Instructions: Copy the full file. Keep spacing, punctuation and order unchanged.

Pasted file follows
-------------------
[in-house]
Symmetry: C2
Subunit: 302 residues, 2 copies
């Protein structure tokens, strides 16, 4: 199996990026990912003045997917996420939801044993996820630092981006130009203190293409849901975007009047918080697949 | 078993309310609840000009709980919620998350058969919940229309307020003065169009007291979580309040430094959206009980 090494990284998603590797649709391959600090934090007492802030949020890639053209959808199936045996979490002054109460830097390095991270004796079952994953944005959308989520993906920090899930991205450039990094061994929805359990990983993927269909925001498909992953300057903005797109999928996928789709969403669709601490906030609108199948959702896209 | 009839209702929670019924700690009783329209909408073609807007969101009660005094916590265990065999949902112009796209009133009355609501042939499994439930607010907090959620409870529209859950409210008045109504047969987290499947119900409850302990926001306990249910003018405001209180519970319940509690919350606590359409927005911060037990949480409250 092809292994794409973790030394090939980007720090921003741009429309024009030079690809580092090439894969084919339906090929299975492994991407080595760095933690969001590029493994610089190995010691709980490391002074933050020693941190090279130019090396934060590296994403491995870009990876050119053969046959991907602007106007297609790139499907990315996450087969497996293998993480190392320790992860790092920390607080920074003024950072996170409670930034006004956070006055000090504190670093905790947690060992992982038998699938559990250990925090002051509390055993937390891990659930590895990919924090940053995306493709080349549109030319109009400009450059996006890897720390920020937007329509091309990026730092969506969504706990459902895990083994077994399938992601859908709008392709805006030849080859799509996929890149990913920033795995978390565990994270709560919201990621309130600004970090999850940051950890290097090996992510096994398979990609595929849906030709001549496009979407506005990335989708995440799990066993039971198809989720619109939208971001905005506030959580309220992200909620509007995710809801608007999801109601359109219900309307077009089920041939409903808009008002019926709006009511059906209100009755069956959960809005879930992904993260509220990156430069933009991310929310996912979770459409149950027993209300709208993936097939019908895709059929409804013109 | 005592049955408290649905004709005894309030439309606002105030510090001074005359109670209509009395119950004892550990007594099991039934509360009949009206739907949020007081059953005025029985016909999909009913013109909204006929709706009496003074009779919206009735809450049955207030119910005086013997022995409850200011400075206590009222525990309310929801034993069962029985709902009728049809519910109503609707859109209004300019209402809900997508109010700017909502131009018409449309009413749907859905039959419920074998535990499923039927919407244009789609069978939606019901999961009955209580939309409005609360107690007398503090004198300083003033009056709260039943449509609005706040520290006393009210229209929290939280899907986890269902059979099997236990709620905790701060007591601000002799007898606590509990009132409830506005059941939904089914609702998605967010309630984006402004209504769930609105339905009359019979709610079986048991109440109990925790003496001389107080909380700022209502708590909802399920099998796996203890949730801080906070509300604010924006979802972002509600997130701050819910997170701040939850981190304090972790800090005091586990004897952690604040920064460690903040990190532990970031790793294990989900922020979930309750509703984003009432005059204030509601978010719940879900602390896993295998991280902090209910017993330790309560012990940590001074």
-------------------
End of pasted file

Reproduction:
[in-house]
Symmetry: C2
Subunit: 302 residues, 2 copies
């Protein structure tokens, strides 16, 4: 199996990026990912003045997917996420939801044993996820630092981006130009203190293409849901975007009047918080697949 | 078993309310609840000009709980919620998350058969919940229309307020003065169009007291979580309040430094959206009980 090494990284998603590797649709391959600090934090007492802030949020890639053209959808199936045996979490002054109460830097390095991270004796079952994953944005959308989520993906920090899930991205450039990094061994929805359990990983993927269909925001498909992953300057903005797109999928996928789709969403669709601490906030609108199948959702896209 | 009839209702929670019924700690009783329209909408073609807007969101009660005094916590265990065999949902112009796209009133009355609501042939499994439930607010907090959620409870529209859950409210008045109504047969987290499947119900409850302990926001306990249910003018405001209180519970319940509690919350606590359409927005911060037990949480409250 092809292994794409973790030394090939980007720090921003741009429309024009030079690809580092090439894969084919339906090929299975492994991407080595760095933690969001590029493994610089190995010691709980490391002074933050020693941190090279130019090396934060590296994403491995870009990876050119053969046959991907602007106007297609790139499907990315996450087969497996293998993480190392320790992860790092920390607080920074003024950072996170409670930034006004956070006055000090504190670093905790947690060992992982038998699938559990250990925090002051509390055993937390891990659930590895990919924090940053995306493709080349549109030319109009400009450059996006890897720390920020937007329509091309990026730092969506969504706990459902895990083994077994399938992601859908709008392709805006030849080859799509996929890149990913920033795995978390565990994270709560919201990621309130600004970090999850940051950890290097090996992510096994398979990609595929849906030709001549496009979407506005990335989708995440799990066993039971198809989720619109939208971001905005506030959580309220992200909620509007995710809801608007999801109601359109219900309307077009089920041939409903808009008002019926709006009511059906209100009755069956959960809005879930992904993260509220990156430069933009991310929310996912979770459409149950027993209300709208993936097939019908895709059929409804013109 | 005592049955408290649905004709005894309030439309606002105030510090001074005359109670209509009395119950004892550990007594099991039934509360009949009206739907949020007081059953005025029985016909999909009913013109909204006929709706009496003074009779919206009735809450049955207030119910005086013997022995409850200011400075206590009222525990309310929801034993069962029985709902009728049809519910109503609707859109209004300019209402809900997508109010700017909502131009018409449309009413749907859905039959419920074998535990499923039927919407244009789609069978939606019901999961009955209580939309409005609360107690007398503090004198300083003033009056709260039943449509609005706040520290006393009210229209929290939280899907986890269902059979099997236990709620905790701060007591601000002799007898606590509990009132409830506005059941939904089914609702998605967010309630984006402004209504769930609105339905009359019979709610079986048991109440109990925790003496001389107080909380700022209502708590909802399920099998796996203890949730801080906070509300604010924006979802972002509600997130701050819910997170701040939850981190304090972790800090005091586990004897952690604040920064460690903040990190532990970031790793294990989900922020979930309750509703984003009432005059204030509601978010719940879900602390896993295998991280902090209910017993330790309560012990940590001074």